Municipalities that upgraded election tech in the years after the 2000 debacle are now working with equipment that is more than 10 years old.
John Breeden II is an award-winning journalist and reviewer with over 20 years of experience covering technology and government. He is currently the CEO of the Tech Writers Bureau, a group that creates technological thought leadership content for organizations of all sizes. Twitter: @LabGuys.
I guess it’s officially election time again.
Being over a year out, I had safely been burying my head in the sand for as long as possible, but I saw the very first political sign of the season planted along the highway this week. Like a fungus, it will soon multiply and bloom into signs of all shapes, sizes and colors supporting their candidate, party or issue.
Radio, TV and Internet ads will follow, bombarding us with so much information, and sometimes misinformation, that it will seem like Nov. 8, 2016 can’t come soon enough.
But while many of us cringe at the way elections are promoted, very few of us normally worry about the fairness of the election process itself.
Sometimes, there are problems, with the infamous Bush and Gore election of the year 2000 still being a sore spot for a lot of people. In that case, the problem was a confusing, to both use and to record, paper ballot in Florida that put the results of the very tight election on hold for a month, and led to a controversial Supreme Court decision that basically named Bush as the next president.
At the time, there was a lot of talk about reforming our election technology, and many counties and states did follow up on that by adding electronic voting and doing away with paper ballots.
However, even the municipalities that did upgrade back then are now working with equipment more than 10 years old, which is about the end of life for most voting systems. That makes the chance of another year 2000-like mishap in the pending presidential election more possible than many people might suspect.
I got to thinking about all of this after listening to the CEO of Smartmatic talk about voting technology at the 2015 Founders Forum for Good in New York City. Smartmatic makes voting technology that has been used in over 3,500 elections worldwide, with its machines recording and counting over 2.3 billion votes. According to CEO Antonio Mugica, whom I was able to chat with following the event, the technology exists to ensure that election results are completely accurate, auditable and verifiable.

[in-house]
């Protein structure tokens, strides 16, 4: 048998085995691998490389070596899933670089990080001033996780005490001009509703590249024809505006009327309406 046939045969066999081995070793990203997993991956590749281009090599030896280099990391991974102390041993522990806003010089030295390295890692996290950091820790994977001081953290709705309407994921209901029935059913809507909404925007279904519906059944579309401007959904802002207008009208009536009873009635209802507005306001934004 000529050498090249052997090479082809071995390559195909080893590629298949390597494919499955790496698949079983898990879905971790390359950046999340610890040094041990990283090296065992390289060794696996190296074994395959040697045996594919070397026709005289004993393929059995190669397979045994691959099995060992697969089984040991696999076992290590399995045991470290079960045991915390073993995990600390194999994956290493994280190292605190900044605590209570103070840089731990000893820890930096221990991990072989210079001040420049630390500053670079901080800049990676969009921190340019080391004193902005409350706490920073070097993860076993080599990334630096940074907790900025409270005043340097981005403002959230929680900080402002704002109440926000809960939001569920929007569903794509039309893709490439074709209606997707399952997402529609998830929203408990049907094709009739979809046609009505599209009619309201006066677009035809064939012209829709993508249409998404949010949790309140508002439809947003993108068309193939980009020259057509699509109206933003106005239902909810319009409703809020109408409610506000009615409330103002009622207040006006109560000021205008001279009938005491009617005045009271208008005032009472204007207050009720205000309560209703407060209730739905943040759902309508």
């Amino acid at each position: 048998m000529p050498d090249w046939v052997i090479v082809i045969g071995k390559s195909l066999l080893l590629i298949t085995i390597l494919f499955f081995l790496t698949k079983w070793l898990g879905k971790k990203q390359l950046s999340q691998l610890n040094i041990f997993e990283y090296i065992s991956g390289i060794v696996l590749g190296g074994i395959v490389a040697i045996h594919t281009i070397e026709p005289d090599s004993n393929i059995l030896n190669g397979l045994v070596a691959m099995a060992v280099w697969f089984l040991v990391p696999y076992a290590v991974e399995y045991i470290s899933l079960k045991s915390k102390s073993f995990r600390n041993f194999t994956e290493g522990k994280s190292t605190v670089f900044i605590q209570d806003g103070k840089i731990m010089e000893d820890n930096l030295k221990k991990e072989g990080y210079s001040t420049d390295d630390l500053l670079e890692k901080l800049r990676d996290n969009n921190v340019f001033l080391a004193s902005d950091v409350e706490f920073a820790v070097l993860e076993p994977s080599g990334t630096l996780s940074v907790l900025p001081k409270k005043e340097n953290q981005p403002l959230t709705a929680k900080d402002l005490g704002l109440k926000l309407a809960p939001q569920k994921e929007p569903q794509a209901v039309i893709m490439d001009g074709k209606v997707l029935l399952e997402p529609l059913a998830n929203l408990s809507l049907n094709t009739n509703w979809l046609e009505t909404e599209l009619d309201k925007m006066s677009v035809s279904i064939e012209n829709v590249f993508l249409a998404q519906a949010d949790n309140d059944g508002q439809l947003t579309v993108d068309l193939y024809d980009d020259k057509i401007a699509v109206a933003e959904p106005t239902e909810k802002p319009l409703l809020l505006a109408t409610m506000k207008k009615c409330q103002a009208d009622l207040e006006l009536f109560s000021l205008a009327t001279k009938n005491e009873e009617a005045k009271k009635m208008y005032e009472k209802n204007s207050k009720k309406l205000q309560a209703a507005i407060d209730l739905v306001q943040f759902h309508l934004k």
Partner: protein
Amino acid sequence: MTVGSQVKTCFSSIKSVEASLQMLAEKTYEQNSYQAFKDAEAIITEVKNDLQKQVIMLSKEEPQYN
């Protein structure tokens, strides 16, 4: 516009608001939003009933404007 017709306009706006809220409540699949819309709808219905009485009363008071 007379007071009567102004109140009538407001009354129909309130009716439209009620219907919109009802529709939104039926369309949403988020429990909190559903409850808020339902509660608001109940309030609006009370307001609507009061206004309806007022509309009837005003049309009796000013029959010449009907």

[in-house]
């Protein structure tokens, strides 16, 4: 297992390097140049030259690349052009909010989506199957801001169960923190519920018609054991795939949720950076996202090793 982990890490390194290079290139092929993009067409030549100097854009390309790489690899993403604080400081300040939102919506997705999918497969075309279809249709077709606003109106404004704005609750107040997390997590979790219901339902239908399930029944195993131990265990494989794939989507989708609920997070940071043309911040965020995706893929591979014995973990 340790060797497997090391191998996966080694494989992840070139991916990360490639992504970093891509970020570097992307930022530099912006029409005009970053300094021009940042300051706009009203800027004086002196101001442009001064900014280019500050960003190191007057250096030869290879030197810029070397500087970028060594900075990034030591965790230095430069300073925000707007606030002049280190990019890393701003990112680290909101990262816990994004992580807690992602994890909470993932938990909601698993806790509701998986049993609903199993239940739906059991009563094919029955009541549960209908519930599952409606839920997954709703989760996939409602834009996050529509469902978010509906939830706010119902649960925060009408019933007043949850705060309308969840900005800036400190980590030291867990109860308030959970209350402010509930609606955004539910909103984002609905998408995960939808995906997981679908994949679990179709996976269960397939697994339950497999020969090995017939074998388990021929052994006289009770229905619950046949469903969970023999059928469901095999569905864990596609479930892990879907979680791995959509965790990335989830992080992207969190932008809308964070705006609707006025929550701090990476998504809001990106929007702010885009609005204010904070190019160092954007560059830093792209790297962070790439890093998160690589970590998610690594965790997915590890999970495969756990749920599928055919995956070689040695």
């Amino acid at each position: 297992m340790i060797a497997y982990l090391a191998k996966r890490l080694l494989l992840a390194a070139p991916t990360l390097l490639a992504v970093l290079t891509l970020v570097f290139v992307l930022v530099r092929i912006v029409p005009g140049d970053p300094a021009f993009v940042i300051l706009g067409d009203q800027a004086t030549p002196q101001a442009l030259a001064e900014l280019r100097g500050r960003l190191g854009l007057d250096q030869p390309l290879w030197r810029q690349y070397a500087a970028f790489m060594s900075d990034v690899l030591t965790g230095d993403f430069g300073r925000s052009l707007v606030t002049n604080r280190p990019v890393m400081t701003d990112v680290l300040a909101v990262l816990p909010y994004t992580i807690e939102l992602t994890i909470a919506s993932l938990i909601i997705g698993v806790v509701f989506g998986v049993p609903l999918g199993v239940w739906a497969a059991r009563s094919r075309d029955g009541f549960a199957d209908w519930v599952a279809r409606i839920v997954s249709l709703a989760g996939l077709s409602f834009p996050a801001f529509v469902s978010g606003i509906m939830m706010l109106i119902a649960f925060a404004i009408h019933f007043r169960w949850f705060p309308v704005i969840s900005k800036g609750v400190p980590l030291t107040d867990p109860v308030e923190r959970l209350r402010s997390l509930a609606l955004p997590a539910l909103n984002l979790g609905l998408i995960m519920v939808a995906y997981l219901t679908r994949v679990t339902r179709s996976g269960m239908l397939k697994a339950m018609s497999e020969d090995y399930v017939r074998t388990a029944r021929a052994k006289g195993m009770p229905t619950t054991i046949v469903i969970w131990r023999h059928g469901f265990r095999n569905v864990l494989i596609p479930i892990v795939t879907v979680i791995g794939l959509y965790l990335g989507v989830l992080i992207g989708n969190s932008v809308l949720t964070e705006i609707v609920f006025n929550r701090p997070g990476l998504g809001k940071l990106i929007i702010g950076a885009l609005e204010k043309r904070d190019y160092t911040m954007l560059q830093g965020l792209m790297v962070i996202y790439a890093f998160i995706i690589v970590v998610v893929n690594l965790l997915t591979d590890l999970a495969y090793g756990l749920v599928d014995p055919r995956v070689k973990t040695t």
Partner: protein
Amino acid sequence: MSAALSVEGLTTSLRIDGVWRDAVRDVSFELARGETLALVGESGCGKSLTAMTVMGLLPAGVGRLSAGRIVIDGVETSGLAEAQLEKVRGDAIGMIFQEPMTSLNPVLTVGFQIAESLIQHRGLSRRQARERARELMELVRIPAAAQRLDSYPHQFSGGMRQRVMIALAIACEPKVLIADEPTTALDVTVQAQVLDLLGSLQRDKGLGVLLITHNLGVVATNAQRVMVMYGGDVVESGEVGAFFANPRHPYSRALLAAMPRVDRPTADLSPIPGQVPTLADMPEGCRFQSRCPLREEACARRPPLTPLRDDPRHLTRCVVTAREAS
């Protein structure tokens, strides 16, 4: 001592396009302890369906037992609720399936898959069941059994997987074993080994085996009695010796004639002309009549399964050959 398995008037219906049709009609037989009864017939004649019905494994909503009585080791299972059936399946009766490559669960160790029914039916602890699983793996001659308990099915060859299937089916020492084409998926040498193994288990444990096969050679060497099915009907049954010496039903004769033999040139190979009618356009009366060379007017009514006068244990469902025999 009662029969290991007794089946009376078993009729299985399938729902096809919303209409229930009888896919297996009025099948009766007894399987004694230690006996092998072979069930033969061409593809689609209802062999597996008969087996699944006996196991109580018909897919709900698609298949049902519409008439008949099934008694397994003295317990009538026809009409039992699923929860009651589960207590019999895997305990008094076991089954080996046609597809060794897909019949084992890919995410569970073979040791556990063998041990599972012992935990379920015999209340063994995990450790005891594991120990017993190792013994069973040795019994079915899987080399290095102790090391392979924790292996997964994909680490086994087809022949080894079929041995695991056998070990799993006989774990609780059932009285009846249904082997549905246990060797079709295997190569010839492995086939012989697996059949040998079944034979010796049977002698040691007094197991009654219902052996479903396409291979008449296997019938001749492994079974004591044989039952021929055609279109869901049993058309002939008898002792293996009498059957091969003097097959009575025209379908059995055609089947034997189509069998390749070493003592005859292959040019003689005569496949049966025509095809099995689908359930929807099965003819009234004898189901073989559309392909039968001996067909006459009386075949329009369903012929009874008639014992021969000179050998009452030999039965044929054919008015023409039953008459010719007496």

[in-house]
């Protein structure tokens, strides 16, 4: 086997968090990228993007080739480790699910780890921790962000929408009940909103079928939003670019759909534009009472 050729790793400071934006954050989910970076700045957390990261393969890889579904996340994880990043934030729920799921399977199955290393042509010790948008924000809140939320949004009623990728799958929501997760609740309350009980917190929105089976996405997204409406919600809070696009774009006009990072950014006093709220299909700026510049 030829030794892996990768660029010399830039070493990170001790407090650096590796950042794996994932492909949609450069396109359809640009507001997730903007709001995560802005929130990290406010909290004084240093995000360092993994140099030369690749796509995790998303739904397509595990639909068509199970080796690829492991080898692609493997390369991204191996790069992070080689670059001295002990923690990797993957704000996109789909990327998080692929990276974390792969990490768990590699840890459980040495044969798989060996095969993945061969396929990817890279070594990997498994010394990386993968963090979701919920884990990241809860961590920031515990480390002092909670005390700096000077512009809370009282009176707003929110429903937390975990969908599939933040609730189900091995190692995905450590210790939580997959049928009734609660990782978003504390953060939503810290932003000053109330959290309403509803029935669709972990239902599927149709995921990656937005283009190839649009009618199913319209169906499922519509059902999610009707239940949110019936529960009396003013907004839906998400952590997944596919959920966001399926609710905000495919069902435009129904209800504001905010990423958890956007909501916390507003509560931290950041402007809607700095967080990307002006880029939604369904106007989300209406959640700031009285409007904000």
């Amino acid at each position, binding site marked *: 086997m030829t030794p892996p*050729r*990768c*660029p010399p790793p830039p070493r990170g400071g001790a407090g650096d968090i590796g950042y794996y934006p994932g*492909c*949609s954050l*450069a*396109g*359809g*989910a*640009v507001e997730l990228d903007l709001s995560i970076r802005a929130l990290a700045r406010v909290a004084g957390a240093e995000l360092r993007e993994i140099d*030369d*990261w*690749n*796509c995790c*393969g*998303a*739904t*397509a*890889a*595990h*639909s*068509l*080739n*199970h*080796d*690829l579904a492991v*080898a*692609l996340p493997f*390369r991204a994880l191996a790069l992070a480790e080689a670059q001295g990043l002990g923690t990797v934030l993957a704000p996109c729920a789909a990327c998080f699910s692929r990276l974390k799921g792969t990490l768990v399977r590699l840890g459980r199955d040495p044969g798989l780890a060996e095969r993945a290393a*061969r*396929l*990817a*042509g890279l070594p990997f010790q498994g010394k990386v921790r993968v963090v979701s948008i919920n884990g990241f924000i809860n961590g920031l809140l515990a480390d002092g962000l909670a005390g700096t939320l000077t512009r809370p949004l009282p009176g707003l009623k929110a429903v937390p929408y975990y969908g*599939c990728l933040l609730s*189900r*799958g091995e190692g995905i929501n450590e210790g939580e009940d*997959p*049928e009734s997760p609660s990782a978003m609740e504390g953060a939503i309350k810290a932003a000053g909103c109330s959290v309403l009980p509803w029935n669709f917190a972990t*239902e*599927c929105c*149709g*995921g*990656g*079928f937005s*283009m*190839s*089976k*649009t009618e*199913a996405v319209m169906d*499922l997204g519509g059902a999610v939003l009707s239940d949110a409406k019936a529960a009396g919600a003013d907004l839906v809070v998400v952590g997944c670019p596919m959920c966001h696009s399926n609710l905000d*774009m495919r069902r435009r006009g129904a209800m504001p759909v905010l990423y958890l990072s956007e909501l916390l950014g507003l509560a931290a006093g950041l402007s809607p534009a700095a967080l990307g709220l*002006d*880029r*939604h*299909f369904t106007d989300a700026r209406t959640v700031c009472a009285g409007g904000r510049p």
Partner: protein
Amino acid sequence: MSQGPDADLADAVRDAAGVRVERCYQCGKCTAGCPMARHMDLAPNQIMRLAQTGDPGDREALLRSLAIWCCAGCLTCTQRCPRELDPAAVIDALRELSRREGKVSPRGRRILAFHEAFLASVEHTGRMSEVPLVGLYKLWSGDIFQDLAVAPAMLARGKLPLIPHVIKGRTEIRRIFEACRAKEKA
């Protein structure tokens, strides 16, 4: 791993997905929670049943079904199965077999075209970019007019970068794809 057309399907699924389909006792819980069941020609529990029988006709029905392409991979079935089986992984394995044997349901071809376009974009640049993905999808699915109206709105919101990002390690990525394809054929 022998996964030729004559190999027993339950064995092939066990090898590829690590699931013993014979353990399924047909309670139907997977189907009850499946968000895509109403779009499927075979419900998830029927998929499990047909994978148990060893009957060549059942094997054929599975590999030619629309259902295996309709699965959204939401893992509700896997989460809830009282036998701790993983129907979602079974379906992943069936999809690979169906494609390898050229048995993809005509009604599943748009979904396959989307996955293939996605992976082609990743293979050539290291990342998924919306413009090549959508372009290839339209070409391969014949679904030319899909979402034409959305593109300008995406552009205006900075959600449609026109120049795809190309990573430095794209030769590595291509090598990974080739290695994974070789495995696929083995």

And while it’s too close to the election to implement it in the United States for 2016, it’s probably something government should consider doing by 2018 or 2020 if nothing else.
The Smartmatic technology is trusted because the source code that runs all of the voting machines is disclosed to all interested parties prior to the election. Not everyone gets to see and contribute to the code, so it’s not open source, but election officials and representatives from all the major political parties are able to go over it in detail to ensure no vote flipping routines or program errors exist.
Once satisfied the code is clean and fair, those officials digitally sign the code. Their signatures become invalid if even one bit flips from that point on. The digitally signed code then gets loaded into each voting machine prior to the election. At any point during the election or afterwards, the code can be checked to ensure the digital signatures are still intact.
In addition to a clean source code, Smartmatic technology records every vote cast in seven different places, including an offline digital repository and on paper.
At the end of an election, it is a relatively simple process to verify all seven sources match one another exactly. I would not say it’s impossible, but let’s just say nearly impossible, that someone would be able to hack or alter all seven sources, including the paper backups, and thus try to change an election without getting caught.
Going a step further, Mugica believes it’s even possible that Internet voting could work and also be secure.
In fact, Smartmatic has been doing just that for Estonia since 2004. Estonia is kind of a special case because it is way ahead of the United States in that each citizen there has a secure personal ID that can be used for transactions like voting. It has also a much smaller pool of voters, with 176,329 ballots cast in the country's last election.
But there are ways Internet voting could possibly replace paper voting in the U.S. for absentee ballots and voting by deployed military personnel.
“Paper ballots are by far the least secure way for votes to be cast,” Mugica said. “They can be manipulated, accidentally lost or even purposely destroyed before they are counted. If we could provide an electronic alternative for the military for example, which has a personal identity system, then we could ensure that all of those votes are properly counted, much more reliably than having them dropped in the mail with no oversight.”
Internet voting on a wide scale is probably way out of bounds for a country as large as the United States. And you know hackers would do anything to disrupt such a process.
But adding secure voting technology to the polling places with digitally signed source codes, and saving the collected data in multiple, secure locations is worth investigating. Everyone hopes the presidential election of 2016 goes smoothly, but with aging technology that is no guarantee anymore.
Voting for our public officials is one of the most important responsibilities for citizens in a democracy. We shouldn’t wait for something to go wrong again to start thinking about fixes.
Instead, we need to devote as much of our technology, creativity and effort as possible into protecting this most sacred of rights.